Michael Lahr studied philosophy at the College of Philosophy in Munich and at the Jesuit University Centre Sevres in Paris. He is author and editor of the book "The Erwin Piscator Award", and a co-author of the volume of essays "Bilder des Menschen" ("Images of Man"). In the Karl Jaspers Yearbook 2016, he published an essay on "Erwin Piscator’s work in exile in New York". As a specialist in Erwin Piscator, the founder of the political and epic theater, he curated the exhibit "Erwin Piscator: Political Theater in Exile", which so far has been seen in Bernried, New York, Catania, Salzburg, and Munich. As the program director of Elysium he has unearthed numerous works by artists who had to flee their home country under the pressure of the Nazi regime, or who were murdered. Many of these compositions were performed for the first time in concerts in Europe and the U.S. He gives introductory lectures for all Elysium programs. At the same time, he lectures regularly on questions of general social and political significance.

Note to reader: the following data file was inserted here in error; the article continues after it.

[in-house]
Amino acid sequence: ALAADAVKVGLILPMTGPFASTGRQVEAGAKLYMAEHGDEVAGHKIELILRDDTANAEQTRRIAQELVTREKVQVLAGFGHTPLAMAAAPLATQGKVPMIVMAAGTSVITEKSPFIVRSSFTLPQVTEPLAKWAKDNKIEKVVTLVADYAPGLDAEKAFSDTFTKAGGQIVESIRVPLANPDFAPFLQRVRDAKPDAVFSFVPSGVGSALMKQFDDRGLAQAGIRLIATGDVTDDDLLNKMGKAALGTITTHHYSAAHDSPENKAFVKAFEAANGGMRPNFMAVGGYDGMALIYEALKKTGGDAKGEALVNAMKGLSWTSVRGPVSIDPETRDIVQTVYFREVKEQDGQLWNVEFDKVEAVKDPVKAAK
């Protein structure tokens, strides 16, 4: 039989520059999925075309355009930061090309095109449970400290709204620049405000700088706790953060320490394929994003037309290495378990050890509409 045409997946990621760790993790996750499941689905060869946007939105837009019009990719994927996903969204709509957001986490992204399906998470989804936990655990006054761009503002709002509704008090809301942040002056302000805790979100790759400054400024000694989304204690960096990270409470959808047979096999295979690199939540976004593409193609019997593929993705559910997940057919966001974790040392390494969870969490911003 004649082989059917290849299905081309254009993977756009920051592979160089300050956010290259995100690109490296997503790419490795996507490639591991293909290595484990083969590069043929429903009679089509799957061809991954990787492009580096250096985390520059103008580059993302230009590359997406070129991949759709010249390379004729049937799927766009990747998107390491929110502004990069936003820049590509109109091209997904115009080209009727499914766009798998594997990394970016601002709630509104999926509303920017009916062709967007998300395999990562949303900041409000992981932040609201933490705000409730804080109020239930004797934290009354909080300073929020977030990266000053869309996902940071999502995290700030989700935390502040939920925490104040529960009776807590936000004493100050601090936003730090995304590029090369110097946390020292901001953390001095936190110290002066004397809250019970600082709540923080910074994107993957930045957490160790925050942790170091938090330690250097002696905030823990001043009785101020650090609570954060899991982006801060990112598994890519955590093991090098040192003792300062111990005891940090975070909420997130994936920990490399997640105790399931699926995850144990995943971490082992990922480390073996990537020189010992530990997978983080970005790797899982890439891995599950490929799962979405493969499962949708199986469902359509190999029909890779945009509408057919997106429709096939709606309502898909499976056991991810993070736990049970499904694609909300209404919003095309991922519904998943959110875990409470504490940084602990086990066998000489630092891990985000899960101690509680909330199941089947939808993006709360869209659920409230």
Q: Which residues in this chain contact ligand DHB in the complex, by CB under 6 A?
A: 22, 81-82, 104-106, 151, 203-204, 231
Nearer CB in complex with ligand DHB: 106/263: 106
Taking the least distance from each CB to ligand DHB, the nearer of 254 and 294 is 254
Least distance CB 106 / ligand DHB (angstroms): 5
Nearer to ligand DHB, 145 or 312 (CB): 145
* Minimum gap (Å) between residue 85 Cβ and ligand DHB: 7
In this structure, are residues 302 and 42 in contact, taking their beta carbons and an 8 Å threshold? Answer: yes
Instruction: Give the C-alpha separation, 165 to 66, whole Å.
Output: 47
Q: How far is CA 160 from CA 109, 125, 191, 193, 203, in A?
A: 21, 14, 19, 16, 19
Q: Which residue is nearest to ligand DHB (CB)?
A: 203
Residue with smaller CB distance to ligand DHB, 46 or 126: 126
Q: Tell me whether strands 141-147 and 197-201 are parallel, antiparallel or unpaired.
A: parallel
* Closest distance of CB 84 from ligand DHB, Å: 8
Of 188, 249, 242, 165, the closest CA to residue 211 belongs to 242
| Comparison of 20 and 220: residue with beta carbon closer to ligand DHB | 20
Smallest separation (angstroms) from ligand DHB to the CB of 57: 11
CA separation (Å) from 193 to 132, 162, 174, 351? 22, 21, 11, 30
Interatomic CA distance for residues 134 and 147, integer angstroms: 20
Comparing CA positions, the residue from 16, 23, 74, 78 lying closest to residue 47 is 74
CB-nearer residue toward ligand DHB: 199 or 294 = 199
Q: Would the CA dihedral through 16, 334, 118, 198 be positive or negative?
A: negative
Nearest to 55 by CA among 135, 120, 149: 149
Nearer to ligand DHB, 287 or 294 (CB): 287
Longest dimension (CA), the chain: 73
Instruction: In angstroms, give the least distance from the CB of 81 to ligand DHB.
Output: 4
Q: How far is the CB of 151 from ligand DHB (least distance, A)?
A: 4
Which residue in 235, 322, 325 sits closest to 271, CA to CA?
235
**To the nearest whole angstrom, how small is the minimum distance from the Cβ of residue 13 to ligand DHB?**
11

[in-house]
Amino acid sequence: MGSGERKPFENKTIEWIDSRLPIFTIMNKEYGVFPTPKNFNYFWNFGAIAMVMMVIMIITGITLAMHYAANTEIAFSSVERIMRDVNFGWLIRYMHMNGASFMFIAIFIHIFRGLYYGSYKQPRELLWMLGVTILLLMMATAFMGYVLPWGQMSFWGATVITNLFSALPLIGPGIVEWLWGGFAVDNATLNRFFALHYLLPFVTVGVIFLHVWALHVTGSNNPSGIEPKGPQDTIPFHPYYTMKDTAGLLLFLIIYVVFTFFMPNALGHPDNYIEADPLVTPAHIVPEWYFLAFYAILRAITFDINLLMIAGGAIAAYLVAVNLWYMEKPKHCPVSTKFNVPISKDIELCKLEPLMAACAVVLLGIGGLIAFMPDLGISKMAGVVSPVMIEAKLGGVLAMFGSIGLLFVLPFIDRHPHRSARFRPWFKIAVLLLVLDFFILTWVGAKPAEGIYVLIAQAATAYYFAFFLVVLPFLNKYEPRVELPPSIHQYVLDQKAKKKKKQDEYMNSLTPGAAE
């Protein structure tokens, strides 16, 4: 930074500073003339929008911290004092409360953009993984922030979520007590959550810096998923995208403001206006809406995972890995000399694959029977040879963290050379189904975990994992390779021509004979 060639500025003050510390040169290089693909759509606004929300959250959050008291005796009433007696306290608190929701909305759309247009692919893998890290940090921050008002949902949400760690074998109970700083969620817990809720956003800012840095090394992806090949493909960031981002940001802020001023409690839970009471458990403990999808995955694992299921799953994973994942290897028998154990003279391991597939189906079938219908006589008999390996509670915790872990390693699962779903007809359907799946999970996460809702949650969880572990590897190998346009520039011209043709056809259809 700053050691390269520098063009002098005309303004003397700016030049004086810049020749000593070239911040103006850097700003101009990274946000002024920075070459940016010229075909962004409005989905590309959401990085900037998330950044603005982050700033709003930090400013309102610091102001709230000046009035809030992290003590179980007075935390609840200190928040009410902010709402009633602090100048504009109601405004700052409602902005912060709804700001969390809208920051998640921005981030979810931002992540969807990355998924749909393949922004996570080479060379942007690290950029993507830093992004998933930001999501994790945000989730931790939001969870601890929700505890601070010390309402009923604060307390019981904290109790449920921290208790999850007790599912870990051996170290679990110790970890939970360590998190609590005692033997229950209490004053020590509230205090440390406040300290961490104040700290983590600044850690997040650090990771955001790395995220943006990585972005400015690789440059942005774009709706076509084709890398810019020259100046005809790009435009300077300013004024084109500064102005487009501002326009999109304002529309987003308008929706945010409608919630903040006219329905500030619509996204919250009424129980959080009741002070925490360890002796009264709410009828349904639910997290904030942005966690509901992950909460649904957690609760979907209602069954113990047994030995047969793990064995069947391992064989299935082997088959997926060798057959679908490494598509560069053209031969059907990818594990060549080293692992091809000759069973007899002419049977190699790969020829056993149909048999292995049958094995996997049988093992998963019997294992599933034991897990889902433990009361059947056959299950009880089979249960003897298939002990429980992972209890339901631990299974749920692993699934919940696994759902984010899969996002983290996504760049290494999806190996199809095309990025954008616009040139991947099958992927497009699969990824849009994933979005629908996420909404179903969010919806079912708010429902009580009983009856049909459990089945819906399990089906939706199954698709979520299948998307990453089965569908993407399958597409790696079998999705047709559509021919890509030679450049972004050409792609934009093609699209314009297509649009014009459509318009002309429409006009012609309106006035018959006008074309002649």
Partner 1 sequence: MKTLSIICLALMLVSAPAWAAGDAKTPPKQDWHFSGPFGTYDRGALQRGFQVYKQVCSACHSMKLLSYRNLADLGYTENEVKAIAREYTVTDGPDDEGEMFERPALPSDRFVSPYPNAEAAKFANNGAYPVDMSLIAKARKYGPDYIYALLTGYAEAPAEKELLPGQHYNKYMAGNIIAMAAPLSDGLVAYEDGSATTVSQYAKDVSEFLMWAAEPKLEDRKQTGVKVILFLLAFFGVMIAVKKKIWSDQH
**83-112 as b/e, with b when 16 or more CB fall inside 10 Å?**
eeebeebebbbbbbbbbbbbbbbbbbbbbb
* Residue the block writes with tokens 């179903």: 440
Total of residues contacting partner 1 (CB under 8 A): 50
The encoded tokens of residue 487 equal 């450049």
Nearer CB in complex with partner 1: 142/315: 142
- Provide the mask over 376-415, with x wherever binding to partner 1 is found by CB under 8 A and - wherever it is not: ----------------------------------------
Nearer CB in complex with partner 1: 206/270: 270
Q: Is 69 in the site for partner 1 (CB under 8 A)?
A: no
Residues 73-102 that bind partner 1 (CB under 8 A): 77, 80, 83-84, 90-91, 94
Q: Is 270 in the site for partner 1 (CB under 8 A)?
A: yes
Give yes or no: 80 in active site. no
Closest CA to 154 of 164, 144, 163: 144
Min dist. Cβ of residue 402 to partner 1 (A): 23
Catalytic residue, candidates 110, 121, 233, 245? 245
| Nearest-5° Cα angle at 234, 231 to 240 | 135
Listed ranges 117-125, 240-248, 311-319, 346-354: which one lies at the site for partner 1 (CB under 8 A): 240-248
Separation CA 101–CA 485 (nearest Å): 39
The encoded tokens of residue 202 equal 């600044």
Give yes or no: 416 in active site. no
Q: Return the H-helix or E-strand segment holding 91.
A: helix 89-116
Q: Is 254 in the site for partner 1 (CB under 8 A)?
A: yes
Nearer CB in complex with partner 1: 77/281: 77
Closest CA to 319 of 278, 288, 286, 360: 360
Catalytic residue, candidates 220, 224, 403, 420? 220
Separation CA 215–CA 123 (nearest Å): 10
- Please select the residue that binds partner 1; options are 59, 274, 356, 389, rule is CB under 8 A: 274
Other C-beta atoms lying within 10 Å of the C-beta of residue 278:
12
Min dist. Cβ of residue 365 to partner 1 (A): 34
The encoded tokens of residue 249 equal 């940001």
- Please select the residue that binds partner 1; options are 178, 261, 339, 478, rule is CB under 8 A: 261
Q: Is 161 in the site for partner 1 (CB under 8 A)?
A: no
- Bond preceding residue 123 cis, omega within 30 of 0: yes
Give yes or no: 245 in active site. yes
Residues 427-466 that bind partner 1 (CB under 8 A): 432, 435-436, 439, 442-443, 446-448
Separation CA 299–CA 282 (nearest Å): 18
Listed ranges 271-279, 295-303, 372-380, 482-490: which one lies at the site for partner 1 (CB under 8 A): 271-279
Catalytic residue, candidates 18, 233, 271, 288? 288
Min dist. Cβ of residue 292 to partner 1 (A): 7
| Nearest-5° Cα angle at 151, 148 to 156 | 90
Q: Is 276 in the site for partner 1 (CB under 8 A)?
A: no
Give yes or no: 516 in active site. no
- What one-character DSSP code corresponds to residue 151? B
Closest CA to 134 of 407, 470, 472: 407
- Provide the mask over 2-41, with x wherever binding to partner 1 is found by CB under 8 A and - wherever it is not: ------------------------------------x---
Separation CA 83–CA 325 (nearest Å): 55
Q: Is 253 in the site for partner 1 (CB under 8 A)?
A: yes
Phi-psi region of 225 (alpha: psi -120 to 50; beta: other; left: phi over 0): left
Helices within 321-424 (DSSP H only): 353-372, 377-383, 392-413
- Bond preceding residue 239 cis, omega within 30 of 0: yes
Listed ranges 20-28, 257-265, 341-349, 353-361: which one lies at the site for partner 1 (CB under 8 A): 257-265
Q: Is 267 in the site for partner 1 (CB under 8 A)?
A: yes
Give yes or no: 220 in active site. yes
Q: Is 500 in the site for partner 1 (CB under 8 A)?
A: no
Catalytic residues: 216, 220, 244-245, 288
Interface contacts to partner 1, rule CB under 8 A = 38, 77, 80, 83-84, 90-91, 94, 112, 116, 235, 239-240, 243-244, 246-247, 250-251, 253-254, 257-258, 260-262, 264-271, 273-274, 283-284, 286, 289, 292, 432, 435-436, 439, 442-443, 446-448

Jeannie Im (Soprano), started working with Elysium in 2000 as a participant of the "6th International Summer Academy". Since then she has been seen in the role of Gloria in the Italian premiere of Ernst Krenek’s "What Price Confidence" at the Teatro dell’Opera di Roma, co-produced by Elysium, and sung many concerts under the auspices of Elysium, featuring music by composers who were exiled or killed during World War II. With "Ullmann’s Legacy from Terezin" she went on tour through Europe. In 2005 she sang the role of Beatrice in the world-premiere of Egon Lustgarten’s opera "Dante in Exile", first at the Elysium Festival Bernried, then at Weill Recital Hall at Carnegie Hall. Since then she has been part of many Elysium productions, among them the musical-literary revue "The Pursuit of Happiness and Remember: For the Future". In 2014 she conceived and directed the Operetta Revue and Tribute to Marta Eggerth’s Artistry "Mein Liebeslied muss ein Walzer sein".